Also, we are excluding fields nearing the end of their life cycle, where large capex investments cannot be defended. Combined, it means we are conceding that the 2030 emission reduction targets cannot be reached by the oil and gas industry.
Add to this the impact on local eco systems and fisheries of digging hundreds of kilometres of cables on the seabed.
Odfjell Oceanwind offers a rental model for Mobile Offshore Wind Units (MOWUs), which is attractive for oil and gas fields far away from power grids, and/or with limited remaining life. MOWUs may be reused on several locations with a positive business case for the operator. The number of MOWUs is tailored to the power needs for the specific field or installation and contract periods may be extended depending on production plan.
Even though the emission reducing impact of shore power is evident, it is far from a “one size fits all” solution. Offshore wind is a real alternative to shore power, and the Odfjell Oceanwind MOWUs offer a flexibility that shore power simply does not have. Temporary needs should be met with temporary solutions. If we are to reach the 2030 emission targets, we need to start treating offshore wind as a serious contender to shore power and lay a foundation for rolling this out quickly.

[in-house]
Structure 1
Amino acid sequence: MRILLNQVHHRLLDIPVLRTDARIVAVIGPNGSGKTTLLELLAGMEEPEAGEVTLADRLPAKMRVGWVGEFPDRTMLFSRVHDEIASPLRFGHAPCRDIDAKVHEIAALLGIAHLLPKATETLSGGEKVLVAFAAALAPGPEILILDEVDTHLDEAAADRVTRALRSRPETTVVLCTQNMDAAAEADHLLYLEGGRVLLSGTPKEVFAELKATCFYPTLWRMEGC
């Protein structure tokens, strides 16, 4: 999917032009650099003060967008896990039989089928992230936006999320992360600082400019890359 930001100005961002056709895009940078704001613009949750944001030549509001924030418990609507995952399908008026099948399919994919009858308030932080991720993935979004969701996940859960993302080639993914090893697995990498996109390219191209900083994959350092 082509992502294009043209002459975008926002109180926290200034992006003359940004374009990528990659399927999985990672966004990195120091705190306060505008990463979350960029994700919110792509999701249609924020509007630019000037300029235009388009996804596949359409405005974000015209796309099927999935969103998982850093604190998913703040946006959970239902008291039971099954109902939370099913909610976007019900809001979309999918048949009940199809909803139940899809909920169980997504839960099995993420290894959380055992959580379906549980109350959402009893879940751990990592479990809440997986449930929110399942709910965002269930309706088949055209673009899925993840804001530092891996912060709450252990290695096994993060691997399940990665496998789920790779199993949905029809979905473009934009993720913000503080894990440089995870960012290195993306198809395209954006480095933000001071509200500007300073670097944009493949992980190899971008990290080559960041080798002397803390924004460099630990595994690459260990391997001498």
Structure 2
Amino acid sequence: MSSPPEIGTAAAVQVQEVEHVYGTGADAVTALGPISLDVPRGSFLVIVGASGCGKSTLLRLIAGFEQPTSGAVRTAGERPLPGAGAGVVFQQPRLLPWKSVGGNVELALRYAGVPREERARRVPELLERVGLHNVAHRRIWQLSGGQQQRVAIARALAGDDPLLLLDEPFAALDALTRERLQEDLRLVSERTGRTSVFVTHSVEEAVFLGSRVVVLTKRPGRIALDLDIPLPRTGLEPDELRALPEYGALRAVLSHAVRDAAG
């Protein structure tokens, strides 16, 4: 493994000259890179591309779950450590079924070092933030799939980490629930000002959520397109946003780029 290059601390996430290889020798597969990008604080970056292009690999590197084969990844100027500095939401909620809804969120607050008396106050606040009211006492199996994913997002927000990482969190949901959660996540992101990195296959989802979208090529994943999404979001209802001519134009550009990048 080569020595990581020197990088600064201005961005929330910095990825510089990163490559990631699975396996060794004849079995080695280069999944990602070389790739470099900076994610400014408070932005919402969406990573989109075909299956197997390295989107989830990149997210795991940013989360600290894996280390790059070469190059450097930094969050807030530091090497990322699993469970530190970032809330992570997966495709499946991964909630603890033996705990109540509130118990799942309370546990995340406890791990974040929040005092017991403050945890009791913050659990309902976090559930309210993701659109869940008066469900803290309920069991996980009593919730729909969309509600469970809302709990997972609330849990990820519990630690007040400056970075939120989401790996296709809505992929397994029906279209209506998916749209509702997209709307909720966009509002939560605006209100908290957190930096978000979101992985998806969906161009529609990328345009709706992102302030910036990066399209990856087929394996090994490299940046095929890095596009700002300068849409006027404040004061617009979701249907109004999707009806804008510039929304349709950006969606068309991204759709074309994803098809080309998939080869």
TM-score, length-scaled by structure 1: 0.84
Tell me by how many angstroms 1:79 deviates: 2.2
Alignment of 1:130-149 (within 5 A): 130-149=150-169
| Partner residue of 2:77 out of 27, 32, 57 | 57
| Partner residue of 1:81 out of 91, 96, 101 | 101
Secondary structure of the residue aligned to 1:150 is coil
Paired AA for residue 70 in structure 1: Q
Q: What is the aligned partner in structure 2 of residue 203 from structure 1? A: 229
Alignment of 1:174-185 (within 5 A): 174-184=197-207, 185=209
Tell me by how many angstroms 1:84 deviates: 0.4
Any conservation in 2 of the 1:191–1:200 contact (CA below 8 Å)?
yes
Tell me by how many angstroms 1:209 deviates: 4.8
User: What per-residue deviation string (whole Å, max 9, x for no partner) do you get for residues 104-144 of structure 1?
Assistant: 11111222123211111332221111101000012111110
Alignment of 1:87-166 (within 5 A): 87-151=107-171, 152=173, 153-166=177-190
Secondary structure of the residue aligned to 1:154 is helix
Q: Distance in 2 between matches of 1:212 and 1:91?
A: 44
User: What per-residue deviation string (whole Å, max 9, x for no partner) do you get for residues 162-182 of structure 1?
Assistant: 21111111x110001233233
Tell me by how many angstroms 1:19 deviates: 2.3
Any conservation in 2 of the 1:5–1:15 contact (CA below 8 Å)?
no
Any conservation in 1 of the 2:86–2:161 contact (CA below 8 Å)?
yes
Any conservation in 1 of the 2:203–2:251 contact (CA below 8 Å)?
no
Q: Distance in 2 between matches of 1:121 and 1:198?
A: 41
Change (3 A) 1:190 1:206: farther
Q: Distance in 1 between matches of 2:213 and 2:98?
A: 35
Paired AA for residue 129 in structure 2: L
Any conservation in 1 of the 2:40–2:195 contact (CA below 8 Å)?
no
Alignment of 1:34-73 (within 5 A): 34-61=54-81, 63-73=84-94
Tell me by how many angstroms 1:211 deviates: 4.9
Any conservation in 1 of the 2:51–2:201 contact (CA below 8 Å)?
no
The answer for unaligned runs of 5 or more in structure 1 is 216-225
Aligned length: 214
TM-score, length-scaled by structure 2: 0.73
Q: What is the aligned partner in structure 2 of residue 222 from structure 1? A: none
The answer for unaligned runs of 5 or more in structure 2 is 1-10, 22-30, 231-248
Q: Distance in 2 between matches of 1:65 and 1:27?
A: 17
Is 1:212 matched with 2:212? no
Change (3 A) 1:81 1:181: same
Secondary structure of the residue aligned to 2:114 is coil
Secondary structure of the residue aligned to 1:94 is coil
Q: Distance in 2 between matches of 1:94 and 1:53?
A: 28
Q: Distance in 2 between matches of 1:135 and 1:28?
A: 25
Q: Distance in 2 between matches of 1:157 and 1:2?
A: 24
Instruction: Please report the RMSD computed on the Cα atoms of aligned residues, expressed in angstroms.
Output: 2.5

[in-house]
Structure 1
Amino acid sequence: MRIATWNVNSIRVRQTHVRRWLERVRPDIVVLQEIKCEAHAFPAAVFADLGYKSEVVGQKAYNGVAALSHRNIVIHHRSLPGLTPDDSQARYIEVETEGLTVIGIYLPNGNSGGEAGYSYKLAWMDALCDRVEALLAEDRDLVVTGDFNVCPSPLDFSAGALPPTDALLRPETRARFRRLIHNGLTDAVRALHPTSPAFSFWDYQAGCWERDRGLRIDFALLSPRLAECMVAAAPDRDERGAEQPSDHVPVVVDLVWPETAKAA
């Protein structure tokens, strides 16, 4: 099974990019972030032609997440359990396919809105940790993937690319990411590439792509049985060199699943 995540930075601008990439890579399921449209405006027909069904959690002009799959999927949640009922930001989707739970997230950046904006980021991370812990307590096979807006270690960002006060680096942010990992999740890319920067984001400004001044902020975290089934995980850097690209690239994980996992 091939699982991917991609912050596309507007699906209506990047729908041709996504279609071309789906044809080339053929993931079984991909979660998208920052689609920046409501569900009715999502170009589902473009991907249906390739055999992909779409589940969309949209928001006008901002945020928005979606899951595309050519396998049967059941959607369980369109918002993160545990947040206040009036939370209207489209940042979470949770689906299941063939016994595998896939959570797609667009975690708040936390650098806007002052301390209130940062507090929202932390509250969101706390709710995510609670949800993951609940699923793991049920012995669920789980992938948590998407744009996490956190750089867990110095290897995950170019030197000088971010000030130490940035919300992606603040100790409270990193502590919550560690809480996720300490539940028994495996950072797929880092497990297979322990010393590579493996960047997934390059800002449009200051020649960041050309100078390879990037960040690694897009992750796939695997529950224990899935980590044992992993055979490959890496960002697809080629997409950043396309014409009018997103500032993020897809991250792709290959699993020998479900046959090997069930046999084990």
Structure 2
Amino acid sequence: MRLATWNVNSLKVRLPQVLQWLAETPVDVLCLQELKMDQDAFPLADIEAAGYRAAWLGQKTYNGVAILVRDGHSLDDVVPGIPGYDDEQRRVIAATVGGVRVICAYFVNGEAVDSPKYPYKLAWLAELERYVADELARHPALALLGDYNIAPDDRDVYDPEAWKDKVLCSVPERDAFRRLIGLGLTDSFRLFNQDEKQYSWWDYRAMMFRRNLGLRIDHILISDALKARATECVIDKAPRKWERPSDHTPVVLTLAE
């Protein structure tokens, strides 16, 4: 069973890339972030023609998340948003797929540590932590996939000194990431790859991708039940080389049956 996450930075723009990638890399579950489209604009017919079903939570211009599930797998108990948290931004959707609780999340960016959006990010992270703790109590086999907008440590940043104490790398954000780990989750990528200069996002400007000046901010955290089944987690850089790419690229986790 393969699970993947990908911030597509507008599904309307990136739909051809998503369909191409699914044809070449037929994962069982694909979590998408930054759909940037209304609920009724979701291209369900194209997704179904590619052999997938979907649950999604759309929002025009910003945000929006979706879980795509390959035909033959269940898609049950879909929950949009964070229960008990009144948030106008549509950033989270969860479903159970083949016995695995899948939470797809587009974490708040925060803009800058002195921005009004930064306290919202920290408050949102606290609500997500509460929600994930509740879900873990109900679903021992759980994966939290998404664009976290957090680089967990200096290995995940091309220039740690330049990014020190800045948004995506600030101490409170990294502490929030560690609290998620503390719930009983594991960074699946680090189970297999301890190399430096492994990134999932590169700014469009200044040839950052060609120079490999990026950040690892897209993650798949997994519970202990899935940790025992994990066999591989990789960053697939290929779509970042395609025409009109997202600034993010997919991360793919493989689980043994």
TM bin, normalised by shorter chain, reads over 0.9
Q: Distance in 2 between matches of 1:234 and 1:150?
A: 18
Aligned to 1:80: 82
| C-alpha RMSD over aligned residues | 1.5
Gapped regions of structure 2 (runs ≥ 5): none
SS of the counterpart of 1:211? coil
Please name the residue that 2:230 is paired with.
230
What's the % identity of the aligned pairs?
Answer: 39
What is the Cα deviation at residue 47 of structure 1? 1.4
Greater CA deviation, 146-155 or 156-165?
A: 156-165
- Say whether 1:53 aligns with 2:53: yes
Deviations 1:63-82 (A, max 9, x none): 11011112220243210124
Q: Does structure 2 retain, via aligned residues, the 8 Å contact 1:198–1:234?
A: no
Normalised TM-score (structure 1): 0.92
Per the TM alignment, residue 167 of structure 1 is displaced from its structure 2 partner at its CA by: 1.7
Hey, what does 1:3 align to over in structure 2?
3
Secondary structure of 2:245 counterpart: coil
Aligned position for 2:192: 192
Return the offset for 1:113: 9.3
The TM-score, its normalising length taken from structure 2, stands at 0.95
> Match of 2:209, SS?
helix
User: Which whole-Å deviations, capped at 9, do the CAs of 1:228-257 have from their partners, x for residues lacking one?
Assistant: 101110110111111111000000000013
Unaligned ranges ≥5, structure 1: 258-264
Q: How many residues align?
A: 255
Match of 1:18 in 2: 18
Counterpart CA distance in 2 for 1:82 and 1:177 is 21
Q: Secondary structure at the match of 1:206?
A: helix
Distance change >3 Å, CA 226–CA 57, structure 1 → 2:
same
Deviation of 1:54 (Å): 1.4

Myth #2: Offshore wind can only support emission reductions of 30%
Solar power, wind power and wave power all come with the disadvantage that they are not a permanent supplier of power every day, all year around. Oil and gas installations rely on a constant source of energy.
In order to connect a platform to an offshore wind turbine of a meaningful size, the wind turbine is installed on a separate unit and connected to the platform via a subsea cable. This technology is now in use on the first field specific wind farms supplying power to oil and gas installations. Equinor’s Hywind Tampen consists of eleven 8MW floating wind turbines with a total installed capacity of 88MW. These provide wind power to the Snorre and Gullfaks fields.